After the comments by Cardinal Keith O’Brien, leader of the Roman Catholic Church in Scotland, in yesterday’s Sunday Telegraph, the issue of gay marriage is on the lips of newsreaders, commentators and ordinary people up and down the country. Cardinal O’Brien has done his country a great service by bringing this issue to the fore and he was very right to do so. He is also right to say that laws introducing marriage equality would fundamentally change a concept that is so ingrained into our culture and consciousness. On every other count, including his use choice of words and ludicrously hyperbolic comparisons to the legalisation of slavery, he is wholly and fundamentally wrong. That is not a surprise, however. After all, Cardinal O’Brien comes from an institution whose politics, and I mean politics and not faith, lead it to stand against the right to use contraception, even to prevent the spread of HIV, and the right to divorce, even in cases of violence and abuse. It’s hardly a great shock, then, that he is not waving the rainbow flag and calling for universal LGBT rights.
But what the Catholic Church, and indeed the Church of England, thinks is their business and the state has no right to dictate to them. They are at liberty to afford the rites religious marriage to whomsoever they see fit. What they are not at liberty to do, however, is dictate to an elected Parliament how it should legislate on civil marriage. Speaking as a secularist Christian, thankfully the days in which religion holds such powerful sway over our national politics took their final breath along with the last millennium. Whilst the Cardinal and his ilk can and should state their opinion, what they think is really an irrelevance.
What actually matters is that this country, for probably the first time, has a Prime Minister, a Deputy Prime Minister and a Leader of the Opposition who not only support marriage equality but have the political will and the courage of their convictions to make it a reality. This could mark an historic change in this country, one that half a century ago seemed impossible. People are making the argument that this would mark a fundamental change in the way this country defines one of its oldest institutions. To them I say ‘Of course it will, that is why we must seize this chance’. The evolutionary progress of British politics is usually slow and I am a great advocate of the idea that it is our national small ‘c’ conservatism that has held our country together and prevented great crises for centuries. We come to points, however, on occasion where we must face the fundamental redefinition of an idea, a concept or an institution to something which, in the past, may have seemed unthinkable. We arrive at the point where things come to a head. We arrive at a position where we have to go against our conservative grain to do what is right. The ending of absolute monarchy, the abolition of slavery, universal suffrage, rights for women, the National Health Service and the decriminalisation of homosexuality and the abolition of the death penalty all seemed to go against everything that was engrained in national ideas at the time but now are integral parts of what makes us proud of our country. Marriage equality is the next one of these once-in-a-generation steps.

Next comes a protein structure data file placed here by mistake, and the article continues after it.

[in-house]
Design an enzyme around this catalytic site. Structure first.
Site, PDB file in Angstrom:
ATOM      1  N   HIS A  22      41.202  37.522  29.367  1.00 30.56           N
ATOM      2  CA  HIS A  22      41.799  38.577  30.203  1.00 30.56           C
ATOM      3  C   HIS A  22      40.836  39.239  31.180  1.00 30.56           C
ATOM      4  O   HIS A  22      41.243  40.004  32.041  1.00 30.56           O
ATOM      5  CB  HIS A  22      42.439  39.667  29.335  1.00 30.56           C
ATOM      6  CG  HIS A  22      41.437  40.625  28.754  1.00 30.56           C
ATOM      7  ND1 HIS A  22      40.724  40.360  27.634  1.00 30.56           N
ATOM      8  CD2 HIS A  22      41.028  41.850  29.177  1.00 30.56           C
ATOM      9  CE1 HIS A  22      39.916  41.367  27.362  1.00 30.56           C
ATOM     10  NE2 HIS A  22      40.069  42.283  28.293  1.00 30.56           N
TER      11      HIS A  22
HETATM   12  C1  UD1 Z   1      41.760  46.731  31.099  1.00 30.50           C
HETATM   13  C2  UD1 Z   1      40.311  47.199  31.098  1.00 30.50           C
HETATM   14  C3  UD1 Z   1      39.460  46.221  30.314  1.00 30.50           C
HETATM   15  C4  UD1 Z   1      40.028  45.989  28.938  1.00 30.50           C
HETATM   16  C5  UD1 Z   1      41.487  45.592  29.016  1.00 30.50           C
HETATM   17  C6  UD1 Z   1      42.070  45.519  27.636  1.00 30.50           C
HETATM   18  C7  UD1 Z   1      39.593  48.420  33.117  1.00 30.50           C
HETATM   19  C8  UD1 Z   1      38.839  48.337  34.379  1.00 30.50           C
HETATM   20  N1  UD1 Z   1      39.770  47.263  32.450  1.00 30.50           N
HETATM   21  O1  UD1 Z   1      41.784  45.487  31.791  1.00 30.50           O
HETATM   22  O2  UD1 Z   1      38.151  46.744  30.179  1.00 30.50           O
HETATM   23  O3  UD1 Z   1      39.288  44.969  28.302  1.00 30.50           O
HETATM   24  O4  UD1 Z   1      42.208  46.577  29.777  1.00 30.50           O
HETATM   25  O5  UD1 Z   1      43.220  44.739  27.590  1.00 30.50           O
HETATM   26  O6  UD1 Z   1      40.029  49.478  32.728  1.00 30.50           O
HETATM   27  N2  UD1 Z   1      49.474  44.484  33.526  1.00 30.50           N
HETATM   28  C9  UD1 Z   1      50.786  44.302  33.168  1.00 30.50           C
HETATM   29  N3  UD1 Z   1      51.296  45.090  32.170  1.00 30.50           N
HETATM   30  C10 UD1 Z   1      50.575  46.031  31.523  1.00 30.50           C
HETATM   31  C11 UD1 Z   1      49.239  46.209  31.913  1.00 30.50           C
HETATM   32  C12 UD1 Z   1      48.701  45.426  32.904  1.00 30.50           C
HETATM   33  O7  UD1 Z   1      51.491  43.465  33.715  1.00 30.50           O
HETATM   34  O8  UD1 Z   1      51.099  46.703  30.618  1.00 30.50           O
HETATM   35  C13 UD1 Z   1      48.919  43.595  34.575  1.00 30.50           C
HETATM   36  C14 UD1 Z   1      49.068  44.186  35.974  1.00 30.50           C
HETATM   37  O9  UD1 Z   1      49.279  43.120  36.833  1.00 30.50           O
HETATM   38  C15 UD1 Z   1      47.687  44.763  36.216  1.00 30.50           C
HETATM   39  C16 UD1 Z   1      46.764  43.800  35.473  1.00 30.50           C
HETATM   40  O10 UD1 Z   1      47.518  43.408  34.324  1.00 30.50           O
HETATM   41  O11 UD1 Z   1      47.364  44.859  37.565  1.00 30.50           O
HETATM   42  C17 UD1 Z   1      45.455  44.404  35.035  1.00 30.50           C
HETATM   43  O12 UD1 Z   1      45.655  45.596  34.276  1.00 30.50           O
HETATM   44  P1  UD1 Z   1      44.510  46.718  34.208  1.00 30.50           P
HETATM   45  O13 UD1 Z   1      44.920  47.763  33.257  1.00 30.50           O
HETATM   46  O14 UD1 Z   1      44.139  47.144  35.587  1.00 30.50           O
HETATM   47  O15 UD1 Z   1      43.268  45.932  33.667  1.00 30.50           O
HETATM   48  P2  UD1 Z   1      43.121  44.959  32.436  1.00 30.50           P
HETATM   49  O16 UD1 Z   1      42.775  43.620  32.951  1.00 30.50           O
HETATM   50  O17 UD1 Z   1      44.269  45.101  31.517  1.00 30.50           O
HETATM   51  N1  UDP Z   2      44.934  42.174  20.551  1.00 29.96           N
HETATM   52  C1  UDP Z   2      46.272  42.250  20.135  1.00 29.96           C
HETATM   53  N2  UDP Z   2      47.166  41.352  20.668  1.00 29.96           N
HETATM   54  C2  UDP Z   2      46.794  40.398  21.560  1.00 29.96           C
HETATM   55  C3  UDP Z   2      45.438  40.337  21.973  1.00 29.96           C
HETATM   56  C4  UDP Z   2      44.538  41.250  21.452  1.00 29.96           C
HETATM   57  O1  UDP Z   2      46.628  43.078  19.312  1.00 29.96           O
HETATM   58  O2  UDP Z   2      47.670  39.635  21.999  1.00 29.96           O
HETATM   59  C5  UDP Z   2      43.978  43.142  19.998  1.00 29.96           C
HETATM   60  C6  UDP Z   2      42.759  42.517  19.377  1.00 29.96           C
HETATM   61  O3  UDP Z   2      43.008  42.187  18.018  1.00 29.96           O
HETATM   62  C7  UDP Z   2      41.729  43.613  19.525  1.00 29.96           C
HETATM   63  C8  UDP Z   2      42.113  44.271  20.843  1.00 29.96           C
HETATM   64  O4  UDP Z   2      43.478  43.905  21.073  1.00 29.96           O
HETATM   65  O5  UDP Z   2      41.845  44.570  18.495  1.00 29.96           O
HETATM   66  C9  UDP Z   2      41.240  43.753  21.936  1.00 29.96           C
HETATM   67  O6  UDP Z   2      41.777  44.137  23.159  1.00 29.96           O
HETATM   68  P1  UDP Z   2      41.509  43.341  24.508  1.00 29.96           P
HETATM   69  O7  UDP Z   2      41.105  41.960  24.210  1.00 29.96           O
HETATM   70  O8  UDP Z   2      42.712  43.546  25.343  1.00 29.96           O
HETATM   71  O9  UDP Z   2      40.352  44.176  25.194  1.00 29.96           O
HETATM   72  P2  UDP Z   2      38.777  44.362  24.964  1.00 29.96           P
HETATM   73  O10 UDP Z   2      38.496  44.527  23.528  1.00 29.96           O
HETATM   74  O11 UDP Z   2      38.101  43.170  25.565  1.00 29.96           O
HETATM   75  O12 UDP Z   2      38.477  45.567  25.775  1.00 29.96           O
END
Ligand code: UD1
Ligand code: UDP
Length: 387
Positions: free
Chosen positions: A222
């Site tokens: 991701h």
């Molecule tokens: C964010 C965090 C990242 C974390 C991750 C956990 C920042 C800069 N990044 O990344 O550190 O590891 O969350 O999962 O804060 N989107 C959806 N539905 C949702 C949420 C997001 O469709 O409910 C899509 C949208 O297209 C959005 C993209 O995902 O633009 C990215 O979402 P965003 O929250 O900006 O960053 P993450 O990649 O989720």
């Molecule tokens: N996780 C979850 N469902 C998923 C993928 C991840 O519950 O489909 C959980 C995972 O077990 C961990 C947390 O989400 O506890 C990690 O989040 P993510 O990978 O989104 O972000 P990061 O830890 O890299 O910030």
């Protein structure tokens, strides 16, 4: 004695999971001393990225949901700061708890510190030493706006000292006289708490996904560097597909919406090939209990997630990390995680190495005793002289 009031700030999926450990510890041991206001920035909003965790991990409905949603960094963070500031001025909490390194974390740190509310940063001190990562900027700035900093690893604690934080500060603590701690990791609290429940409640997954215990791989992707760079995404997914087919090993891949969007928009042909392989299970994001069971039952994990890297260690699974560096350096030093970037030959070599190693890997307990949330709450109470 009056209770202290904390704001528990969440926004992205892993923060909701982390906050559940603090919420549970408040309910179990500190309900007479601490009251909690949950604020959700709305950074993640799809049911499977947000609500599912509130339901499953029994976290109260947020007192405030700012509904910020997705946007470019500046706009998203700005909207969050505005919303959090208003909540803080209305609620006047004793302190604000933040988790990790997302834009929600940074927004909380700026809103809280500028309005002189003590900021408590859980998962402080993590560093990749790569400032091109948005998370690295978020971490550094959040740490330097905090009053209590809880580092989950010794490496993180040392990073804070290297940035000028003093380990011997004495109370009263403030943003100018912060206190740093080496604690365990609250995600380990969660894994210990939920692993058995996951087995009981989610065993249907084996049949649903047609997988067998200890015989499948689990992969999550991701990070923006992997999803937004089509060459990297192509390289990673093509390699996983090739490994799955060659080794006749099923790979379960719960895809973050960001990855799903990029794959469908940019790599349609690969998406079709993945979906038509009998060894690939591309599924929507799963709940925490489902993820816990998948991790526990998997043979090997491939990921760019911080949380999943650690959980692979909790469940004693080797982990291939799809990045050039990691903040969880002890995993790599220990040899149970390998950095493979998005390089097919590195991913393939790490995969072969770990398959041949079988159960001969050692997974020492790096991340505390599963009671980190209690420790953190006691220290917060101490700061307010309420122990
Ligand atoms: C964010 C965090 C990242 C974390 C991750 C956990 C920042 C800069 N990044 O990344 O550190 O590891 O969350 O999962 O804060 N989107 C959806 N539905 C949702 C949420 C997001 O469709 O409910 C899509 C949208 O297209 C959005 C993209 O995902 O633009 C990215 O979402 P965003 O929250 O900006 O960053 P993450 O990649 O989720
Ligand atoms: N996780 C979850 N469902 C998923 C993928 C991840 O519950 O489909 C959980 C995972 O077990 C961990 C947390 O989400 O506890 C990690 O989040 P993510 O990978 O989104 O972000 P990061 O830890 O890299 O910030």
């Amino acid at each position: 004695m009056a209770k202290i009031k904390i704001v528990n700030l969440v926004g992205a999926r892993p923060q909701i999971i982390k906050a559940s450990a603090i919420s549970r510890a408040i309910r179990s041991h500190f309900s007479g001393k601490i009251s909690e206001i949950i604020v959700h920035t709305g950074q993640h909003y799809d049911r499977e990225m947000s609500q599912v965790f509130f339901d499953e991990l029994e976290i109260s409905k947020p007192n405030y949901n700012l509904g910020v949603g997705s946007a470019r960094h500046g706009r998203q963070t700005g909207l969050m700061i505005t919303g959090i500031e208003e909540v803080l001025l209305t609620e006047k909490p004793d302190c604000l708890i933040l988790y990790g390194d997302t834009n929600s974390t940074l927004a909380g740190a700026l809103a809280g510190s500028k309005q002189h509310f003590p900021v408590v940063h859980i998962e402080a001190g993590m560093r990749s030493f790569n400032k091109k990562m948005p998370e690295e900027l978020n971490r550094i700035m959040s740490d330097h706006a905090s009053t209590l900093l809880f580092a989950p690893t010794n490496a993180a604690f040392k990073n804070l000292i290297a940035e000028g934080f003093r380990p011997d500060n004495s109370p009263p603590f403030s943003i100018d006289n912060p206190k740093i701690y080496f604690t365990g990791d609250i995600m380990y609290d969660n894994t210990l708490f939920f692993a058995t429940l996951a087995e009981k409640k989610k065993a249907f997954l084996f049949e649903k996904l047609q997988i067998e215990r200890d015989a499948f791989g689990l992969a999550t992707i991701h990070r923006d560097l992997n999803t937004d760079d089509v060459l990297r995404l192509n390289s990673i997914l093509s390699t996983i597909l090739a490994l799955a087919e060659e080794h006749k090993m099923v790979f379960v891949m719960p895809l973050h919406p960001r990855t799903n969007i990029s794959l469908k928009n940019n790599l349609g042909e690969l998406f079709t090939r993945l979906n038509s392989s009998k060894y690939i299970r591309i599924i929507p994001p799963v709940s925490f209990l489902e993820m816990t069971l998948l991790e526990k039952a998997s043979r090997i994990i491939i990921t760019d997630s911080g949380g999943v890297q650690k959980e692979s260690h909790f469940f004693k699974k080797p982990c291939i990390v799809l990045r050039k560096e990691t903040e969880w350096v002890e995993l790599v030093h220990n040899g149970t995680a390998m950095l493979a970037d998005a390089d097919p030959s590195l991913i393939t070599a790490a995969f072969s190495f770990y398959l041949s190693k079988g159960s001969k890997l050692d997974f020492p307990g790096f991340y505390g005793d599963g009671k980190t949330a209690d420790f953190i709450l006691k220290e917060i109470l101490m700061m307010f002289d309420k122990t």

There are those who argue that civil partnerships have given homosexual couples equal legal rights so we don’t need to afford them the right to fully define themselves as married. I say that this is precisely the reason we do need to afford them this right. There are now no legal barriers to overcome, the legislation is there and civil partnerships have not destroyed society like some of the doom-mongers claimed would happen. The practical step we have to take is actually a very small one but it’s one of immense significance. It would mean that homosexual couples not only have the right not to be discriminated against legally but also culturally. It would mean that homosexual love and commitment, now widely accepted across society, would be given that same sanctity that heterosexual love and commitment has. It’s not ‘gay marriage’ I believe in, it’s marriage. It’s the idea that two people could commit their lives to one another before the law, before friends and family and before the national emblem of our country regardless of their sexual orientation.As the Leader in today’s Times says, ‘Reforming the law to allow same-sex couples to marry would enrich an historic institution and expand the sum of human happiness’.
As a country we should be proud of the fact we have a Prime Minister who supports marriage equality and not surprised that it has Catholic priests who don’t. I profoundly hope that my generation’s children will not know what ‘gay marriage’ is, they’ll simply value the idea and the institution of marriage, whoever might be making the vows.